Perhaps we should save ourselves the trouble and just surrender to the plutocrats. Let’s abolish corporate taxes altogether. That way they can fire all those tax lawyers and accountants and make even more profit. After all they need more profits. It’s not like corporate profits are at a seventy year high or anything.

Oh. Wait. Yes they are.

Now that makes me even more upset.

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Categories: The Economy
  1. November 4, 2011 at 1:38 pm

    The fact that it is only the big ones who can get away with this means they have a huge advantage over smaller, and probably, more efficient companies. So it is really important that the issue is addressed. It would not be a zero sum game.

  2. Bruce E. Woych
    November 4, 2011 at 2:04 pm

    Corporate tax evasion is as much legislated as it is criminal in extent. The location sites of many corporate giants in Ireland or Dubai defy any accountability or liability to the nation and people who provide them their revenue base. One has to wonder at the range of questions that are NOT being raised; while we argue over the scope and scale of wealth tax breaks in out millionaire’s club political system. It is so institutionalized that Harvard and IBM both are examples of “defensive evasions” to protect financial assets, while the money managers and hedge funds are simply unfathomable in their dealings “outside” the system. If this were the mafia it would be called money laundering…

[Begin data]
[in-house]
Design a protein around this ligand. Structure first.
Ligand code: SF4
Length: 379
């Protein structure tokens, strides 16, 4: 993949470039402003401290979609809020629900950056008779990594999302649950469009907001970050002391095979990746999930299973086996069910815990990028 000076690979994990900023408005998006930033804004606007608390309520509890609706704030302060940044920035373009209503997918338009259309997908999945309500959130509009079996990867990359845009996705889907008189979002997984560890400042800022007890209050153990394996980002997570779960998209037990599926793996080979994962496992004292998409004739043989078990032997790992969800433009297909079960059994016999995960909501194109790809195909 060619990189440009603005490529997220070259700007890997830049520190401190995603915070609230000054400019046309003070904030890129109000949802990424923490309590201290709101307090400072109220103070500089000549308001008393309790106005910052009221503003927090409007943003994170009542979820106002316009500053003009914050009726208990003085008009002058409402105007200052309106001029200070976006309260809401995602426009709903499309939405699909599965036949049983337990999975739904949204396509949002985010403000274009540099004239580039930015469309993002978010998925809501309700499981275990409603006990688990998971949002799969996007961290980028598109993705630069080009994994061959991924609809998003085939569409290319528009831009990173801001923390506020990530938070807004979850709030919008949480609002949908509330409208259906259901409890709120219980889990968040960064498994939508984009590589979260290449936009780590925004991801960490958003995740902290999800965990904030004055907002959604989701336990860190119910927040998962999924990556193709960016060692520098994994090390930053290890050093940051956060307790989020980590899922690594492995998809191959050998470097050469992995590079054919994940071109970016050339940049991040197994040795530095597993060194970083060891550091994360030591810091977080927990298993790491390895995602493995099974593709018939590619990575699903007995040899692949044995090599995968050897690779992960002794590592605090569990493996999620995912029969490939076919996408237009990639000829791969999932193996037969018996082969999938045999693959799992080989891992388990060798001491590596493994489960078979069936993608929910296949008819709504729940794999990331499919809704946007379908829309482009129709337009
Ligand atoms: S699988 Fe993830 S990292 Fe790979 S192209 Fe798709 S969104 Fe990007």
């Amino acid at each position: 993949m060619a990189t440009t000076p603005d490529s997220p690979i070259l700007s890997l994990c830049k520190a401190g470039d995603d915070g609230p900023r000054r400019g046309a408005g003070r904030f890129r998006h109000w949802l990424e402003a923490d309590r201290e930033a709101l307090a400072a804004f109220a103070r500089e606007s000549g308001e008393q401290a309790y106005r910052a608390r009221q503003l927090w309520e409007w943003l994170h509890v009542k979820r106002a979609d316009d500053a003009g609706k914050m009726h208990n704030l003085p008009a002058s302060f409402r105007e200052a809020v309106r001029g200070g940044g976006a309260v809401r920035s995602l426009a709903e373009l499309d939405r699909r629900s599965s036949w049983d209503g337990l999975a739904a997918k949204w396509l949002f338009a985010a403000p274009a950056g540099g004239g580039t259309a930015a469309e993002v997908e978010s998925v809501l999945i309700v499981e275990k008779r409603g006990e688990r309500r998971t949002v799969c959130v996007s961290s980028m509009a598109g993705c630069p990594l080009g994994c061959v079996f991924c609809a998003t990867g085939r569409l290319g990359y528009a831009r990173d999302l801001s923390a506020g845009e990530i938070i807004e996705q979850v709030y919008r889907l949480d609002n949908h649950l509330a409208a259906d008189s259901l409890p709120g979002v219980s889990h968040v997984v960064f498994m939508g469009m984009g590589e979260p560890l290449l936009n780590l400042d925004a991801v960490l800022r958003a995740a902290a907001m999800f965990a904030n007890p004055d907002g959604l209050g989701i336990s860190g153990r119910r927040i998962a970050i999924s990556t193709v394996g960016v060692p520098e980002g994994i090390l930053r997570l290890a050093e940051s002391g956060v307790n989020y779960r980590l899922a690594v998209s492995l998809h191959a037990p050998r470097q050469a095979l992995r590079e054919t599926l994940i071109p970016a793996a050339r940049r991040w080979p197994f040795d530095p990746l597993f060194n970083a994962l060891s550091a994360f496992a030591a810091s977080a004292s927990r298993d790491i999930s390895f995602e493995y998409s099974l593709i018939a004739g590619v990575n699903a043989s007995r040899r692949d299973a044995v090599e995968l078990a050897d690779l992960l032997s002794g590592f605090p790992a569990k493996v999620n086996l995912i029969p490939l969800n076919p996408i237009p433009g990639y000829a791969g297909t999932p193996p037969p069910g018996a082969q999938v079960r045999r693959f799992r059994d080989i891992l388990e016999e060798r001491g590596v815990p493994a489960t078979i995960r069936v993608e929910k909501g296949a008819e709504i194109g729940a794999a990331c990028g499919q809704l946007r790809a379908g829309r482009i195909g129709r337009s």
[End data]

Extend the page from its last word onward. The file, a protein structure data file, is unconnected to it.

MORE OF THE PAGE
http://baselinescenario.com/2011/11/02/who-wants-tax-cuts/